...Same thing with most of Ellen's early material too.
Sometimes the way you lie is more real than the truth. Or at least more interesting.
Also, it's interesting how well this material holds up over time. I find that Martin album way more listenable than almost anything else from that era. Most comedy ages like cheese in the sun, but these jokes have Happy Meal-esque shelf lives.
It probably gets fatiguing to lie like that all the time though. Perhaps that's why both of these comedians eventually moved away from standup?
I'm back from LA. Great time out there. I think my fave place there was the coffeeshop in Hollywood I camped out at for a bit. There was a woman on phone loudly discussing "teamwork" and using Eddie Murphy/Brett Ratner leaving the Oscars as her example of "loyalty." She left and was replaced by a social media consultant teaching an aspiring actress how to use Twitter. I kept looking for a camera. Some photos...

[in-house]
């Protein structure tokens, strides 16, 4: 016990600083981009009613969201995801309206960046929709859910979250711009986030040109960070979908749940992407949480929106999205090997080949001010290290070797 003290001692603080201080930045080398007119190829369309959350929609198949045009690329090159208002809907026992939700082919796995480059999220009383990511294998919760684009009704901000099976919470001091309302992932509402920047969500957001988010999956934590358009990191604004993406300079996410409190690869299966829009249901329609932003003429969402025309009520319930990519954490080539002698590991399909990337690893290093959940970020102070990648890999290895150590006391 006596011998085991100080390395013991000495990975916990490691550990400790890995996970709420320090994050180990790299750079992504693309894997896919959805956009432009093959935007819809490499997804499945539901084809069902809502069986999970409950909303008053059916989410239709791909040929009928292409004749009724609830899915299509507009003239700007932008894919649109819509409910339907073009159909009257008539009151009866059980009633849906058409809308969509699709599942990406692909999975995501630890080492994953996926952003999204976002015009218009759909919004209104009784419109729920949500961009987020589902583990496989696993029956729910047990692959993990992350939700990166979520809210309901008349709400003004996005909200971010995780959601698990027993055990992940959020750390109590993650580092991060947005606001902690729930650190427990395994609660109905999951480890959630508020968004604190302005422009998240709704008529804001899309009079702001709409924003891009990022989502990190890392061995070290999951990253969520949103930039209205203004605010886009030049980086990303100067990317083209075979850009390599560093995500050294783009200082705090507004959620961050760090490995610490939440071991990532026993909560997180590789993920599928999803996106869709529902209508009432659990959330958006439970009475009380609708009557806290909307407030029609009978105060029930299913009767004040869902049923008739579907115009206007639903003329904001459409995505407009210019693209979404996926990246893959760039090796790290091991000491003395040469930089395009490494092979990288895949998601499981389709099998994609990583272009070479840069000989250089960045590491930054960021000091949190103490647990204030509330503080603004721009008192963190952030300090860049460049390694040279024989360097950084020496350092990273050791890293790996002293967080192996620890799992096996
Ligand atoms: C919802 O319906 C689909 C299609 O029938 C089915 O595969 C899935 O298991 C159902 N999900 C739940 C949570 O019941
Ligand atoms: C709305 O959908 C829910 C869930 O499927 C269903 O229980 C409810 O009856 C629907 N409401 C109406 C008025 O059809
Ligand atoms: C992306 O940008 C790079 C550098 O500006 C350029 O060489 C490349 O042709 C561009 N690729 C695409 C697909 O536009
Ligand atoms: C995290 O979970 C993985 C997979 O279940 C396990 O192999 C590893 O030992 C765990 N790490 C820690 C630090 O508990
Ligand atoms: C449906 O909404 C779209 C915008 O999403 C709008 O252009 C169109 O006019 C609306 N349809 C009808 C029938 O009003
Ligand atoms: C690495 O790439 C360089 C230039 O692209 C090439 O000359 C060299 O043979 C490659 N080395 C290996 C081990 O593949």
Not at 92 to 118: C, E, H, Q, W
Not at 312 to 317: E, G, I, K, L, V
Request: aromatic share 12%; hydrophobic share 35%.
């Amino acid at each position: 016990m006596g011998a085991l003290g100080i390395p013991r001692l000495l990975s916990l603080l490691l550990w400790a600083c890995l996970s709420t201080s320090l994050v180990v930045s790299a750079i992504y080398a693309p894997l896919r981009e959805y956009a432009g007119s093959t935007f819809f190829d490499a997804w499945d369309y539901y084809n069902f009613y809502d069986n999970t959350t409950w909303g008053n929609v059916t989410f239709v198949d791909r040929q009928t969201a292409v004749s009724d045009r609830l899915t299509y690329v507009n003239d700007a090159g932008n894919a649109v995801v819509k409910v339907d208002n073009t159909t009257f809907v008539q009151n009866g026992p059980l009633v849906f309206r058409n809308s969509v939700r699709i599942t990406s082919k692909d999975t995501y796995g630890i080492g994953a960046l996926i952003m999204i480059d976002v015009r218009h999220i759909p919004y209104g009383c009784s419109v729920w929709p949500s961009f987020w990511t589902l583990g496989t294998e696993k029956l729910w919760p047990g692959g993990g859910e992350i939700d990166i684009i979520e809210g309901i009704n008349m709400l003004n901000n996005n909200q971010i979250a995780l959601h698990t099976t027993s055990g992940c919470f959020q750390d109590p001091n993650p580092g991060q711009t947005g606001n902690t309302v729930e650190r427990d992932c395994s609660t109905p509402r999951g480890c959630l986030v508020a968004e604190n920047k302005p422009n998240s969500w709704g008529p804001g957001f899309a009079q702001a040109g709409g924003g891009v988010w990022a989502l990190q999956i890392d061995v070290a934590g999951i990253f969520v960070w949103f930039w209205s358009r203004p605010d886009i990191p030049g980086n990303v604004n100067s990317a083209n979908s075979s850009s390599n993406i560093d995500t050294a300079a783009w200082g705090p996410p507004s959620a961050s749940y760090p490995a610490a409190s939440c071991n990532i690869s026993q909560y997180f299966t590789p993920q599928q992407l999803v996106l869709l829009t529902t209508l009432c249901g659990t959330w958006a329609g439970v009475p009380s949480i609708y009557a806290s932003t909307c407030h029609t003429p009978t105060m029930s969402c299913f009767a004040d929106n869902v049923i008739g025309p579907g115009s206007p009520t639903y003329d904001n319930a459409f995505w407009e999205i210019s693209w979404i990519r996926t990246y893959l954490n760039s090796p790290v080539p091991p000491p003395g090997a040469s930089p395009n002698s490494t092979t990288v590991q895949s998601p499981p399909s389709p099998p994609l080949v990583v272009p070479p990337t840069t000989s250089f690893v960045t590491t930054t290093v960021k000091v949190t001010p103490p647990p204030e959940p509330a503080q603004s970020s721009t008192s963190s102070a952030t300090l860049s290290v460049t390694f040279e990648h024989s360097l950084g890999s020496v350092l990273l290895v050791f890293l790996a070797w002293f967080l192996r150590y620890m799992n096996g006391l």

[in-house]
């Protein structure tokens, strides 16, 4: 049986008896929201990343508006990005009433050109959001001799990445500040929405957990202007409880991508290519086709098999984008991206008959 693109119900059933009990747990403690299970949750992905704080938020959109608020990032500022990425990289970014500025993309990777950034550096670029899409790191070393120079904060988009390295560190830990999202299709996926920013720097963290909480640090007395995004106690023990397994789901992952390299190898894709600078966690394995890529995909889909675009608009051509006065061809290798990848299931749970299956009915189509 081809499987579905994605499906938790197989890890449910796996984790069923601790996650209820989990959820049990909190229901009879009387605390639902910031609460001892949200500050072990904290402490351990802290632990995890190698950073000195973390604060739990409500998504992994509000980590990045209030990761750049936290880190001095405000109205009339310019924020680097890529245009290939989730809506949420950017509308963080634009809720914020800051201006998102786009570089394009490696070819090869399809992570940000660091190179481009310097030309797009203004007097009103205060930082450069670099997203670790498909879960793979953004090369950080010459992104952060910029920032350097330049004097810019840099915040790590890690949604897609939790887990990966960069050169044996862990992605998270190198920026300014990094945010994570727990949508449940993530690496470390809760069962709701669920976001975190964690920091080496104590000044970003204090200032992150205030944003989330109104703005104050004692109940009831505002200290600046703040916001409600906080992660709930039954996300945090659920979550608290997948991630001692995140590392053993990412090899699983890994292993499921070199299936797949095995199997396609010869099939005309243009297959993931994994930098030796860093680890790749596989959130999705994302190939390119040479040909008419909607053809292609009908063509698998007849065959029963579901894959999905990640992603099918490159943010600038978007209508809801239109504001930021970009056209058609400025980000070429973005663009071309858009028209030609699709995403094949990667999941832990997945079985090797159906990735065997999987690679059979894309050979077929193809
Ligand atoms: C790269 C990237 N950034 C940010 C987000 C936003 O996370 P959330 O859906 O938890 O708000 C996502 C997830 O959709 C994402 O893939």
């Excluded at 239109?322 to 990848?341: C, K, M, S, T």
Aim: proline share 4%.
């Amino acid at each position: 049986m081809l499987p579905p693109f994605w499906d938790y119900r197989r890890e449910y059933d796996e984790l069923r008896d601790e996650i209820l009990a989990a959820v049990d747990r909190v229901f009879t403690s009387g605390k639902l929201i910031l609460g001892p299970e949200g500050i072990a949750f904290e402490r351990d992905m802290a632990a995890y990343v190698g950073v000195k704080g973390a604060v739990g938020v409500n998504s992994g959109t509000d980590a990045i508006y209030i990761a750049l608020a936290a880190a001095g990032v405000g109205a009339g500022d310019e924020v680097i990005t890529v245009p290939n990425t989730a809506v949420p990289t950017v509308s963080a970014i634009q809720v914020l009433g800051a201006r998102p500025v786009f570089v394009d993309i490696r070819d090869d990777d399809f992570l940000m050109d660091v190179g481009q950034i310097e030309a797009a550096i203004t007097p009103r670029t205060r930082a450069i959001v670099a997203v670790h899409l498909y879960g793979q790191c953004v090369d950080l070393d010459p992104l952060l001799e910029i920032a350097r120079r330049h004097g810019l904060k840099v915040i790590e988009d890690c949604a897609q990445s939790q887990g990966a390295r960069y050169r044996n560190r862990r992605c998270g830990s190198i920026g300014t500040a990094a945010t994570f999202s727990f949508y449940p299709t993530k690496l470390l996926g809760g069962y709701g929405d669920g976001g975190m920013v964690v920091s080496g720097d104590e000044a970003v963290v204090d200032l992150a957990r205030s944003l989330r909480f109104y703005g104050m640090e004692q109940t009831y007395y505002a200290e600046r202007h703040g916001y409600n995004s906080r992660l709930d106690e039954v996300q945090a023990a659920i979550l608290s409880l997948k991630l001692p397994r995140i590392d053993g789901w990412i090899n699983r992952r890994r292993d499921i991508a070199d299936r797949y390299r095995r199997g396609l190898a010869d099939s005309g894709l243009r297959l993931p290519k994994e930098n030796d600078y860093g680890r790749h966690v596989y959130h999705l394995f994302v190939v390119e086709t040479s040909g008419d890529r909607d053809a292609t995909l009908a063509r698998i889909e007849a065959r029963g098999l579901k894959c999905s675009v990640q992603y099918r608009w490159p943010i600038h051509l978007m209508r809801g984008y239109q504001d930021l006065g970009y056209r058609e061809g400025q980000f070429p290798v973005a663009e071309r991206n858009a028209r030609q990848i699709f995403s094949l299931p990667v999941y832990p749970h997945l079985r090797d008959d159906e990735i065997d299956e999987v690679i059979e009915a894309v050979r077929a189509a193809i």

Shot of Greg Fitzsimmons at packed out Comedy Bang Bang show. Super crowd and great show. Also saw Greg tape his podcast live there a few nights later with Nick Swardson. There's a phone call during it that is phenomenal. Check it when it goes live.
Staring at footprints outside Mann's Chinese Theater. Cheesy but still cool.
Fuzzy Hannibal at Tiger Lily. Did a bunch of shows with him while out there and, man, he destroys everywhere.
DC and Dominic onstage at Magic Bag. Seems like there are lots more cool venues/theaters to choose from out there since space isn't at such a premium like it is in NYC.
The Frolic Show in Little Tokyo.
I know how this dog owner feels. I named my cat "Dirty Slut" and she almost never responds when I call her name.
If it's just clever or loud or has all the right software or something, I'm not that interested. I'm looking always for soul. If I'm not moved at that level, if I'm not feeling at some point that it's possible that this could move me to tears or to dancing or to something where I've slightly surrendered to it – if that doesn't happen, it just stays on the shelf. It's an experiment until then.
As applies to comedy: I think that's what the talk about stakes, emotional risks, authenticity, etc. comes down to. The search for soul. That someone is giving themselves to you a little bit.